Finding Control Through Writing

Chuck Palahniuk once said, “That’s why I write, because life never works except in retrospect. You can’t control life, at least you can control your version.” Being a writer gives you something no other person has: control. Not only can you make up fantasy worlds beyond our wildest dreams, but you can manipulate your craft of writing in order to influence others. Writers have the power to portray the facts and to open the minds of readers. In a world where it seems everything is happening at once, writers can calm the chaos.

When reading fiction, readers are able to forget about the stress and shuffle of their daily lives. Instead they’re are brought somewhere, in another world full of drama outside their daily imagination. Instead of worrying about needing to finish homework on time, or finding a babysitter for a weekend, they’re able to worry about how Harry is going to defeat He-Who-Cannot-Be-Named, or how Jay Gatsby is going to get Daisy to run away with him. In today’s world of technology, it is even harder to find peace of mind, but with the help of writers everywhere, readers are able to put down the beeping cell-phones, close the flashing laptops, and pick up a book. That book can create a community, and that community is something that sticks together, staying up late into the night talking about the plot twist they read in the last chapter. With a book by your side, you’ll never feel alone.

Writing can work to inspire. Maybe you just lost your job; you’re in a mindset where you feel nothing is ever going to go right for you. But then you pick up a book about a man who had nothing but twenty-five dollars and his duffle bag, and through nothing but hard work and preservation he not only got a job, but eventually rented his own apartment. He took what he had and made a life for himself. It makes you realize that if Adam Shepard can do it, then surely you can find a new job (Scratch Beginnings).

Writing has the power to open up eyes. Have you ever read a book that made you stop and think? Today it seems like it’s getting harder and harder to understand each other. Everyone seems to think that just because they had a bad day, they are having the worst day out of every one they know. Everyone has made their lives very public with social media, making it much easier to complain about the daily struggles, but sometimes you have to take a step back from that. Instead read a memoir on a woman who’s pregnant. It should be a time to celebrate, but she can’t. Why? Because she just found out her son has Down’s Syndrome and everyone is telling her to abort, when she knows it’s a decision she cannot possibly make (Expecting Adam, Martha Beck). It’s a story like this that make you stop thinking of yourself. You try to put yourself in Martha’s shoes, ask yourself what you would do, but it’s not an easy answer. Give life to a child that will face unimaginable challenges, or make the decision to take away someone’s life? Stories like this force us to step out of our comfort zone for a little while and see through someone’s else’s eyes. Nonfiction stories especially, can create a connection that would not be there otherwise.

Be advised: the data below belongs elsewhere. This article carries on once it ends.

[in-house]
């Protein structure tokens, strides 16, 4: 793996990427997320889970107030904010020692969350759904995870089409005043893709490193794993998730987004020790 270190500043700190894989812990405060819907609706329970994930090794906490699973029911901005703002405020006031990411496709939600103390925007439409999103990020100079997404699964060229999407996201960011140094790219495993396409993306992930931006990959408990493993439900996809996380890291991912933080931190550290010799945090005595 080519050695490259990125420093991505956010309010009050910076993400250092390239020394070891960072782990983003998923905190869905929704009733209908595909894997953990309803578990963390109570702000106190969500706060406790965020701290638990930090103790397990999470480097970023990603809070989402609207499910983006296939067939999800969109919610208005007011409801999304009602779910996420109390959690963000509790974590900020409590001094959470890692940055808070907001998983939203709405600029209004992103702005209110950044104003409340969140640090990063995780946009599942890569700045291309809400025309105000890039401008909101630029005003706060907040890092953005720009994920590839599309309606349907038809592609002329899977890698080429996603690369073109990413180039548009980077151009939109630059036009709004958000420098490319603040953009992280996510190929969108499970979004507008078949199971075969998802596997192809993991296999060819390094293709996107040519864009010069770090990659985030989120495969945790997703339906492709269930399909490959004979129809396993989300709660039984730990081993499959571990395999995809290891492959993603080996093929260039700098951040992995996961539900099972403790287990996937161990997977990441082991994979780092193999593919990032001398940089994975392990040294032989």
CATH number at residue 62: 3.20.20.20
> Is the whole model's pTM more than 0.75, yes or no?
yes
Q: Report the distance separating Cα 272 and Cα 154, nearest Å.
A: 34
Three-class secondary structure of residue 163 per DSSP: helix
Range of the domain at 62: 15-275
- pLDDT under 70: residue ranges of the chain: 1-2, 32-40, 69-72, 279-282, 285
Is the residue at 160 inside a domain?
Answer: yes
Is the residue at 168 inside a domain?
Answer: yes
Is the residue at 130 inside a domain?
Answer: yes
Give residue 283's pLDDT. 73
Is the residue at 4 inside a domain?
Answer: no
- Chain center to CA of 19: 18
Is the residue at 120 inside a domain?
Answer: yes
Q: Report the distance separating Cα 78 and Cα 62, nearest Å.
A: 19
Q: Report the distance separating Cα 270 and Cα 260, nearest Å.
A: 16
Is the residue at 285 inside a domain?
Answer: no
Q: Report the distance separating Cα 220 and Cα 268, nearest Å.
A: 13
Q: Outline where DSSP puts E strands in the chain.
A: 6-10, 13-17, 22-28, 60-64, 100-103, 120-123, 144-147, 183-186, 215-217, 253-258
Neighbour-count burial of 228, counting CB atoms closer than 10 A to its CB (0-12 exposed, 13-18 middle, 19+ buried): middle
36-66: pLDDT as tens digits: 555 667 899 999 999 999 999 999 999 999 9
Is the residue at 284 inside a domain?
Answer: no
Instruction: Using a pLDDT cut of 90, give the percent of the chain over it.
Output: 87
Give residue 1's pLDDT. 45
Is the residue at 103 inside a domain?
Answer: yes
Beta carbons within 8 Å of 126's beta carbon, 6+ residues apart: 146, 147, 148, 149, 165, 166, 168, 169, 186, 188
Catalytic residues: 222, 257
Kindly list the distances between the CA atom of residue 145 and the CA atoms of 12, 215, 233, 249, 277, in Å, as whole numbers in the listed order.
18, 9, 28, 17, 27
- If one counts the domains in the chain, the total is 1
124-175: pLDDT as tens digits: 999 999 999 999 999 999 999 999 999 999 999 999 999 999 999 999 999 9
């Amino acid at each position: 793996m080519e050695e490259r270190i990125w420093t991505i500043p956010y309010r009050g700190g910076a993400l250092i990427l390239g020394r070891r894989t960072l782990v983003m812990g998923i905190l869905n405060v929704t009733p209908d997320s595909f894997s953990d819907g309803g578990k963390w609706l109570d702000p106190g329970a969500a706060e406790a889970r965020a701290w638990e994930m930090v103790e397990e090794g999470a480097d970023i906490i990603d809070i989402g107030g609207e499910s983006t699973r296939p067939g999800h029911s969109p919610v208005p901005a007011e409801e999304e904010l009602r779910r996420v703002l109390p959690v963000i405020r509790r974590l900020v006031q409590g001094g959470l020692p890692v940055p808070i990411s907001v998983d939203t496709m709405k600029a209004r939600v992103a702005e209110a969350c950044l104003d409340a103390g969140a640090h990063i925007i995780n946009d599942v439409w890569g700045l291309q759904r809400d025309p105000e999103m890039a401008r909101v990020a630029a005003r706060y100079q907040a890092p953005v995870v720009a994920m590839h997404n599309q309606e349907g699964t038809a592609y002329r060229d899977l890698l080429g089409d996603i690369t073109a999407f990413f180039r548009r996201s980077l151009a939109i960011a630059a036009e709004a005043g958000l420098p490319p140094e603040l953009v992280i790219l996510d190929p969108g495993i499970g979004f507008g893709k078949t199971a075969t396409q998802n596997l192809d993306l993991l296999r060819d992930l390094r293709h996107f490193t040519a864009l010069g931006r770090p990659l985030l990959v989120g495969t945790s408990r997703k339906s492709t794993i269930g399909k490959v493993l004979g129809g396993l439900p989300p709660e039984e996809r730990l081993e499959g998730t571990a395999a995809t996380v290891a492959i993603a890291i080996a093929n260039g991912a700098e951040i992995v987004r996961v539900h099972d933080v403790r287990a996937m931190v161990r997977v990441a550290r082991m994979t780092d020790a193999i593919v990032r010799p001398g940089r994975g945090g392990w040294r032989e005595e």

Writing gives appreciation for the world around you. With how fast and busy our lives are, it can be hard to notice the small and simple things that happen in front of you every day. You may not notice the small flowers just beginning to bud in the soil of a busy forest. Writers describe things in ways that force you to notice the world the way it is. After you read a book you may go for a walk, and for the first time, notice that subtle crunch a leaf makes when you step on it. Or how tree trunks have a sort of natural pattern to them, or how the green leaves have thin veins that run through them, much the same as the veins in our own bodies. There are these intimate details all around you, but with the hustle and bustle of the world, these tiny treasures are lost amongst the roar of reality Without the gift of an author’s description, some people would never notice these minuscule details. When you see it in writing, you see it in reality.